Effective October 18, 2018, the Veteran Affairs (“VA”) Department implements its new regulations concerning Net Worth, Asset Transfers and Income Exclusions for Needs Based VA Benefits. The rules determine the eligibility of veterans, their surviving spouses, and their dependent children to receive pensions and other needs based VA Benefits. Let us discuss some highlights.
The VA Pension Regulations use a bright line eligibility test based on countable income and assets. To be eligible for needs based VA pension a claimant’s or a beneficiary’s net worth must not exceed the current “Net Worth Limit” of $123,600, effective October 18, 2018.
Net worth is computed based on adding the total value of a claimant’s countable assets, less any debt secured against real property, and the claimant’s annual income, less certain deductions. The VA expects more claimants will now be eligible.
Income still includes payments from annuities and Individual Retirement Accounts (“IRA’s”). Income counts both for purposes of pension eligibility and also for purposes pension rates, i.e., the pension amount.
The assets of a veteran claimant’s spouse are included as well as the veteran’s own assets. The assets of a child claimant’s custodian are included as a child claimant’s own assets.
Net worth is computed upon receiving an original pension claim, a new claim for reinstatement, a request to add a new dependent, or upon information that a veteran’s surviving spouse or child’s net worth has increased or decreased.
A residential exclusion from net worth is allowed for a residence, of any value, located on a lot up to 2 acres in size. If a lot exceeds 2 acres then the value of the excess acreage may be counted. Proceeds from the sale of an excluded residence are not countable if used to purchase a new residence within the same calendar year as the sale.
Certain Unreimbursed Medical Expenses — Activities of Daily Living (“ADL’s”) and custodial care expenses — may be deducted from a claimant’s or a beneficiary’s income for Net Worth and Pension Rate computations. The medical expense deduction, however, is first reduced by 5 percent of the applicable Maximum Annual Pension Rate (“MAPR”), which value changes each year. MAPR varies depending on other factors, including number of dependents. In 2018 the MAPR for a veteran with one dependent is $17,241.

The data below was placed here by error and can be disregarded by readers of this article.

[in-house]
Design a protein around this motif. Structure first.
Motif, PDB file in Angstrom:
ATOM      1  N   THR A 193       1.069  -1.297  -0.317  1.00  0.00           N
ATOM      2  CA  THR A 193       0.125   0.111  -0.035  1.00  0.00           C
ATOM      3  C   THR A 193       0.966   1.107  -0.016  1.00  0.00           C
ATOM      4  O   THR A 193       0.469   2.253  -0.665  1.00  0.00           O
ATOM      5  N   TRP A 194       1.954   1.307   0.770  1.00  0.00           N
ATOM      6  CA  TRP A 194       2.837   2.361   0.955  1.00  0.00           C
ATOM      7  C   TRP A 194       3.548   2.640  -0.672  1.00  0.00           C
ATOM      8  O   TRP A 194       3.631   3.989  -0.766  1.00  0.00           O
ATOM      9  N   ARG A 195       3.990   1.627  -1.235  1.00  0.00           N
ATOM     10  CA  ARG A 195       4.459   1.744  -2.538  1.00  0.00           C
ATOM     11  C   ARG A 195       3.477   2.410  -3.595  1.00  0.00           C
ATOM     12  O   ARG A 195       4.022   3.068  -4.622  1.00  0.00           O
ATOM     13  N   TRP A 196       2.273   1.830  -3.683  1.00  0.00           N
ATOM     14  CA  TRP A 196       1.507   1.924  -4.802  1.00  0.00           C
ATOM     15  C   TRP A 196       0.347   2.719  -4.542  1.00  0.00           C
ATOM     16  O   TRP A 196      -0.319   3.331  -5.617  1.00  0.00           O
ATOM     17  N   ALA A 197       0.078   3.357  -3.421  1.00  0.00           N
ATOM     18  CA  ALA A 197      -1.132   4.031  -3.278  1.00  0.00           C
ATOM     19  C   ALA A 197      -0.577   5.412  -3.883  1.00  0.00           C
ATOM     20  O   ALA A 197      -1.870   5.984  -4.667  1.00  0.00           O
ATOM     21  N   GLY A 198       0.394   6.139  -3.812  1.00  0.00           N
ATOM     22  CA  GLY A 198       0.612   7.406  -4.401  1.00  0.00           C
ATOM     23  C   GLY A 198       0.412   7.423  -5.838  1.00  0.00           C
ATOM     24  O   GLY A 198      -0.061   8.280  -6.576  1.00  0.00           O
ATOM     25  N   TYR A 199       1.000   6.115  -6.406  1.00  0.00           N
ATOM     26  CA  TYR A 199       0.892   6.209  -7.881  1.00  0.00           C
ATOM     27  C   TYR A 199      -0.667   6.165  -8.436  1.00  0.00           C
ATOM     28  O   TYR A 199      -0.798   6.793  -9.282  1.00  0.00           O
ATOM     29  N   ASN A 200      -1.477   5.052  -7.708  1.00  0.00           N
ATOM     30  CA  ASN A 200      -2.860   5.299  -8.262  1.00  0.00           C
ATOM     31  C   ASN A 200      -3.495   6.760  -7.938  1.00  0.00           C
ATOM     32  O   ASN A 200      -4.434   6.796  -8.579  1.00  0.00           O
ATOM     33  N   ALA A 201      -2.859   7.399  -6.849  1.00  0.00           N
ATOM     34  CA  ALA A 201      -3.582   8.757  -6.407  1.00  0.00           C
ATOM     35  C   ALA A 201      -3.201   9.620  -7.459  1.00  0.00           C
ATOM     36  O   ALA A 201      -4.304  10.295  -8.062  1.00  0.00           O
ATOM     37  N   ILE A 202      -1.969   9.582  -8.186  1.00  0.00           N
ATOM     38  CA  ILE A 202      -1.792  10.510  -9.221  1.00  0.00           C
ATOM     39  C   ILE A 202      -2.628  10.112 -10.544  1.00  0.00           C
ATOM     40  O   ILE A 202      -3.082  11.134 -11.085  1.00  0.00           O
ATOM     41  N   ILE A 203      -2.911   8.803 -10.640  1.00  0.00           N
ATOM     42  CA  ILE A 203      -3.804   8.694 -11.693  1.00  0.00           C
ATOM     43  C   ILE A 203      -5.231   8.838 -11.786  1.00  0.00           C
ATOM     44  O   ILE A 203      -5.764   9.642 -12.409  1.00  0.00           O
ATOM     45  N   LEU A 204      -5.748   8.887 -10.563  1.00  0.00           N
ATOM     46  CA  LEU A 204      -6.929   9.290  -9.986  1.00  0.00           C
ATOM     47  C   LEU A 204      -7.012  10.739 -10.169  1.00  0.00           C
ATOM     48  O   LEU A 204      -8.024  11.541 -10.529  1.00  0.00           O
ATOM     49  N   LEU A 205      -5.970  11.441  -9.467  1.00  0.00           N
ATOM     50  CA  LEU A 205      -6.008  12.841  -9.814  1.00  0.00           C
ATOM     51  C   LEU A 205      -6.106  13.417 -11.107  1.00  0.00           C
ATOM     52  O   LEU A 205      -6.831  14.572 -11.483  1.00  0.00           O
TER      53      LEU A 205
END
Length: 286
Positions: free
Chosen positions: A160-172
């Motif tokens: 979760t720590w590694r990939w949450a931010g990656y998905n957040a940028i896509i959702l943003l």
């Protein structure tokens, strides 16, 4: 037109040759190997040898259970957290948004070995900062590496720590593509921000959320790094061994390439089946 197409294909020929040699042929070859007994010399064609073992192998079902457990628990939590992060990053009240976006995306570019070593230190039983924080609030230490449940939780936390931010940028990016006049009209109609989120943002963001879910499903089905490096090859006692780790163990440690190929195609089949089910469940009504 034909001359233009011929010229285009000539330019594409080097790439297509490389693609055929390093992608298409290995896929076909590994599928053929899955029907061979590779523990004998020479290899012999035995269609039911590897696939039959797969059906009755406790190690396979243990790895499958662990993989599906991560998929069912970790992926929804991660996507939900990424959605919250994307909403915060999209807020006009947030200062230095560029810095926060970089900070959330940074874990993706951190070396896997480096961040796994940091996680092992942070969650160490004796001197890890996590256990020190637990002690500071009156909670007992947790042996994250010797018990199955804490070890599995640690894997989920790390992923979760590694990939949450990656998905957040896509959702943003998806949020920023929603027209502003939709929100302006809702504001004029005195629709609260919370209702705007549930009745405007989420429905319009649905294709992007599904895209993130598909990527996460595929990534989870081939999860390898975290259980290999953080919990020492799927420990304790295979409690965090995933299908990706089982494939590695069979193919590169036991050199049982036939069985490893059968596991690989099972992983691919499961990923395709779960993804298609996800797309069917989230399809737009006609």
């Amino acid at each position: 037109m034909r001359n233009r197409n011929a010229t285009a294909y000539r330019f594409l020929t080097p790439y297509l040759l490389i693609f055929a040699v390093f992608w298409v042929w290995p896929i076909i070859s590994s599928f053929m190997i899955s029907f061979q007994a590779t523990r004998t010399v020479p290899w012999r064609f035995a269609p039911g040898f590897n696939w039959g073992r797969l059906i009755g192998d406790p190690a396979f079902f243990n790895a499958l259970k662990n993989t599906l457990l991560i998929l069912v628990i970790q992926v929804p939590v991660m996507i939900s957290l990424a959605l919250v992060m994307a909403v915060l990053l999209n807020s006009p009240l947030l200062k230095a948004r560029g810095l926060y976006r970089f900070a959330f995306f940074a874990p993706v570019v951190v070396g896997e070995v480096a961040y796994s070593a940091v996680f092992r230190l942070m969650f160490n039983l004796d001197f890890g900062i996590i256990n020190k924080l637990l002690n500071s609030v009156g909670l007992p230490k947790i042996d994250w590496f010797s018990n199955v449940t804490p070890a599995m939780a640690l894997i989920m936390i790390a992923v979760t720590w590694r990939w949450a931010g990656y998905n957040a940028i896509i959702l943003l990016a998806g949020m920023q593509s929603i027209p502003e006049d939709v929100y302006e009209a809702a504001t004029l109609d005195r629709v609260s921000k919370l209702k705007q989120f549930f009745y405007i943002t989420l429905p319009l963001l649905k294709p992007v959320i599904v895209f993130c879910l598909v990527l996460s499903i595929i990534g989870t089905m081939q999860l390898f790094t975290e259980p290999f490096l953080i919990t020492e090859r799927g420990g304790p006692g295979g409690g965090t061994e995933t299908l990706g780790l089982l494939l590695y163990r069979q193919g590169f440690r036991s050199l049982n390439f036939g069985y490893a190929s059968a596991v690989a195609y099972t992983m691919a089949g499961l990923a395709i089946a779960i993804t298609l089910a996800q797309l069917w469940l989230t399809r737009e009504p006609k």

Deductible Custodial Expenses goes beyond needing assistance with two (2) or more ADL’s to now also include, “… supervision because an individual with a physical, mental, developmental, or cognitive disorder required care or assistance on a regular basis to protect the individual … .” This includes dementia. Assistance from either an in-home care attendant or within a care facility is a potentially deductible medical expense.
A care facility is one, “other than a nursing home” in which, “a disabled individual receives health care or custodial care” and “must be licensed if required by State law”. The type of care and the individual’s need for such care rather than the name of the facility (e.g., Assisted Living Facility”) are now what determine whether the facility is a “care facility”.
While only around 1 percent of VA pension applicants engage in such asset transfers the VA expressed concern that veterans are often targeted for “self-impoverishment” schemes to qualify them for VA pensions. Asset Transfers within a 36 month look-back period prior to when the VA receives a pension claim can negatively impact eligibility. Asset transfers of a claimant’s net worth above the Net Worth Limit — the net worth exceeding $123,600 — create an ineligibility period. The ineligibility period will not exceed 5 years.
Anyone wanting guidance on how the new VA Regulations applies to them can consult a local Veteran service representative (e.g., a Veterans Service Office) or consult an accredited VA Benefits attorney.